CHIC Shanghai: China’s doors have opened but localisation is top priority
From early January of this year, the Chinese government began dismantling its restrictions on foreign visitors, first authorising business-related entries and later widening its scope to include tourists. It marked a significant step for the country, opening up its borders for unrestricted entry for the first time again since the beginning of the pandemic – though a PCR test is still required. It also brought a sense of relief to fashion businesses both inside and outside of the region, as international supply chains could start rebuilding their operations with fewer obstacles to overcome.
Events are also now able to take place, with one of the first for the fashion industry this year being China International Fashion Fair (CHIC) Shanghai. Now in its 30th edition, its edition at the end of March was the first to take place in its full capacity since 2019, after its 2021 edition took on a compact format while others were cancelled due to tightened measures. In order to extend its availability, the fair postponed its dates to March 28 to 30 so international visitors could have more time to apply for entry.
And it appears its return did not go unnoticed. On entering the venue, lengthy queues of people snaked around the entrance of its home in the National Exhibition and Convention Centre, while hordes continued to descend on the venue from the surrounding area. It must be noted that the fair shared its location and dates with another fair, InterTextiles, yet its area still spanned an expansive 117,200 square metre space, spread over five separate halls. A large quantity of visitors were seemingly there specifically for CHIC, as the rows of over 1,200 exhibitors remained brimming with people over its three days. In fact, according to reported figures, the number of attendees even surpassed that of pre-pandemic levels, with over 148,983 people descending on the event over its duration – nearly 48 percent more than CHIC’s March 2019 show. Those attending were also a very mixed bag, ranging from buyers, retailers and department stores, to those simply curious about the fair and fashion in general.
Domestic brands stay close to home, internationals attempt a return
For many domestic brands, the option of going international is not yet on the cards due to continuously increasing export costs and legislative issues. Like countries across the globe, the impact of the pandemic has forced China to focus its attention inwards, with localisation being an important factor as the industry looks towards recovery. This element has also led to brands taking on a close-to-home mindset as they scramble to cut costs and support their local economy. This rang true for knitwear brand WGMX, which – pre-pandemic – had its sights set on international expansion, however has now shifted to be predominantly China-focused. “Before the pandemic, we were invited to show in Paris,” said Ivan, one of the brand’s designers, in a conversation with FashionUnited. “Now, it is not that we would turn an international offer down, but because of cost and time we just want to focus on the domestic market. Going elsewhere is just not convenient right now.”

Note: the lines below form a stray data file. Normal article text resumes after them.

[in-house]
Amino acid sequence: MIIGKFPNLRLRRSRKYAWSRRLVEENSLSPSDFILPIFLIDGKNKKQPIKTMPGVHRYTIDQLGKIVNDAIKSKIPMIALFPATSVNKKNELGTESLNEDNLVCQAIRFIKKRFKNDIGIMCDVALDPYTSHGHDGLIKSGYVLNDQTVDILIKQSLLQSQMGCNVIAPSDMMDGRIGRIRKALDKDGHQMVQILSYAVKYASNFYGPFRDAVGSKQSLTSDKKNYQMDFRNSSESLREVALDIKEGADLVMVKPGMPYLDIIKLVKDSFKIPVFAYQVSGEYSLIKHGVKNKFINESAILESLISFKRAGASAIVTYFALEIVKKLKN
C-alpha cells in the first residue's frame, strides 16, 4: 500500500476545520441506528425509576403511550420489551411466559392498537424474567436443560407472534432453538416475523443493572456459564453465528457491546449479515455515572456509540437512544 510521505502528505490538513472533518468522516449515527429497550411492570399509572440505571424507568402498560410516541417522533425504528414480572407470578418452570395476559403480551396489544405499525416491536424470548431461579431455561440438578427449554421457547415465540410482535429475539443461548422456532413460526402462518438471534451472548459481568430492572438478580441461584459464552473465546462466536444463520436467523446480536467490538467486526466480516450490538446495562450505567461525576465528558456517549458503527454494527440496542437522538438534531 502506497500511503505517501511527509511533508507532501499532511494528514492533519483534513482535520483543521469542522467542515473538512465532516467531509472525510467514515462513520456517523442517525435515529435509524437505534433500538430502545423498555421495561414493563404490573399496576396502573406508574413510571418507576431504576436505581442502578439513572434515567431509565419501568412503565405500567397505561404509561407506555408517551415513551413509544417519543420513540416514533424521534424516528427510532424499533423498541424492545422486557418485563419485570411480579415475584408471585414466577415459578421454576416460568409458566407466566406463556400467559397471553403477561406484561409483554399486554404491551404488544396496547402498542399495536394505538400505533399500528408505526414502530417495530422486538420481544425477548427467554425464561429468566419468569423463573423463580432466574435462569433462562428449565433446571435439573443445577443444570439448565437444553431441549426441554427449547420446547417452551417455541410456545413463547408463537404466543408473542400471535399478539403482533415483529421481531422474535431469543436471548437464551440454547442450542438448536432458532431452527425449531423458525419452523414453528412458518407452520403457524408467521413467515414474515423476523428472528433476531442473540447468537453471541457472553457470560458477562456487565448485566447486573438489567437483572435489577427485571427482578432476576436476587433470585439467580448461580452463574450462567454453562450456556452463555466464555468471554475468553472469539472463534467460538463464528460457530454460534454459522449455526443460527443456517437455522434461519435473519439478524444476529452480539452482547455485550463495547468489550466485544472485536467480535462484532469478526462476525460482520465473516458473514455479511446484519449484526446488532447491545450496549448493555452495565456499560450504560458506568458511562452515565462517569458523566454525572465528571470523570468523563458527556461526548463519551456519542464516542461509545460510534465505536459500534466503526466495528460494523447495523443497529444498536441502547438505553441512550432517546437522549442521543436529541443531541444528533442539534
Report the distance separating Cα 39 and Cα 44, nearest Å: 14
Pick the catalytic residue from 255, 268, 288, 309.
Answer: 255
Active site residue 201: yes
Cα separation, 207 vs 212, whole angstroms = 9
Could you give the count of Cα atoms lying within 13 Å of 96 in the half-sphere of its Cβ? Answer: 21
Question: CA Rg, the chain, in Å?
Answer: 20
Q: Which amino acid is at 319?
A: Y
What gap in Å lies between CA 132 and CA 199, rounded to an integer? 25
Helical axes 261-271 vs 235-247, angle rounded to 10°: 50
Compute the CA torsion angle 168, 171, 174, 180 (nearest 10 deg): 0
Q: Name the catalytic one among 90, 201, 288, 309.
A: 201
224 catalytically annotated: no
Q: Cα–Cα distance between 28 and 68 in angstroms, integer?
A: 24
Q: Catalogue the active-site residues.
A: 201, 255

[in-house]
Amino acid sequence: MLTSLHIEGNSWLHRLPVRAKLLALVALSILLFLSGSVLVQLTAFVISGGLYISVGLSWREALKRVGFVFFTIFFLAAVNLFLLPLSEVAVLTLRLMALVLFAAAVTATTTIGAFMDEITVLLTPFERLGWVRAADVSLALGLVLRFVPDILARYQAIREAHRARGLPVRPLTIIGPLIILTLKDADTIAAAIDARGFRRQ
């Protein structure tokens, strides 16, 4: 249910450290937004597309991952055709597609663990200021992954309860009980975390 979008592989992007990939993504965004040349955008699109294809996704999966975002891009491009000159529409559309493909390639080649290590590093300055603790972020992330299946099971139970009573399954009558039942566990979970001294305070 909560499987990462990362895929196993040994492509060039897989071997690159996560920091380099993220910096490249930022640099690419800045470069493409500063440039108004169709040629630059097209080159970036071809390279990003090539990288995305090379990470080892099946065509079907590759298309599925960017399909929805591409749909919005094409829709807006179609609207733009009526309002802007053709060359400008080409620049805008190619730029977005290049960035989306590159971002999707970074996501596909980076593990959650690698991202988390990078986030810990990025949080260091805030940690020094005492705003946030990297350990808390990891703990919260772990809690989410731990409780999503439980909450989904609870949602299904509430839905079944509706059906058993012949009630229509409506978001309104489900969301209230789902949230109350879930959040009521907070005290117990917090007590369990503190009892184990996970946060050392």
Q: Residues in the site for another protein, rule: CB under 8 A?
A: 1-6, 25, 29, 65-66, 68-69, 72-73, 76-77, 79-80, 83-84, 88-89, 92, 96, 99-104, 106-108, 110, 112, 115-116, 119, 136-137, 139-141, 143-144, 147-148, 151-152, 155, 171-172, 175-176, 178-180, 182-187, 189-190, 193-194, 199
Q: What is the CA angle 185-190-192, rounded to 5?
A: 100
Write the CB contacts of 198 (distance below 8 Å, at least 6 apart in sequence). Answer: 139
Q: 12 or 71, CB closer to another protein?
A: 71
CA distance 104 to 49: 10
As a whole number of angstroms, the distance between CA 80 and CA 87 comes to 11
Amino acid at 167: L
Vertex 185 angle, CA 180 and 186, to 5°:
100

This mindset was something the organisers of CHIC were acutely aware of going into the preparation for the event. When asked about this emphasis on domestic trade, Chen Dapeng, the president of China National Garment Association (CNGA) and of CHIC, said: “Fashion should be diversified, but local brands are strongly present in this edition due to the large demand for localisation. The Chinese government is paying a lot of attention to the development of its manufacturing industry, and local governments want to promote their local garment industry. Consumption also requires local brands.”
Another brand closer to home, looking to secure a bigger foothold in China is East Pole. The Hong Kong-based, unisex outerwear brand was founded by Leo Lo in 1984 and currently operates in around 35 countries. For Lo, one of the purposes of coming to this fair was not only to make deals with potential retailers and department stores, but also to find a potential business partner in the region to help in the company’s expansion and ensure its future success. His products are centred around functionality and longevity, two qualities that he also carries into his business practice. However, despite his enthusiasm, Lo still expressed his struggles over the past years, largely due to missing out on other international trade shows, such as Première Vision, for which East Pole was a regular attendee.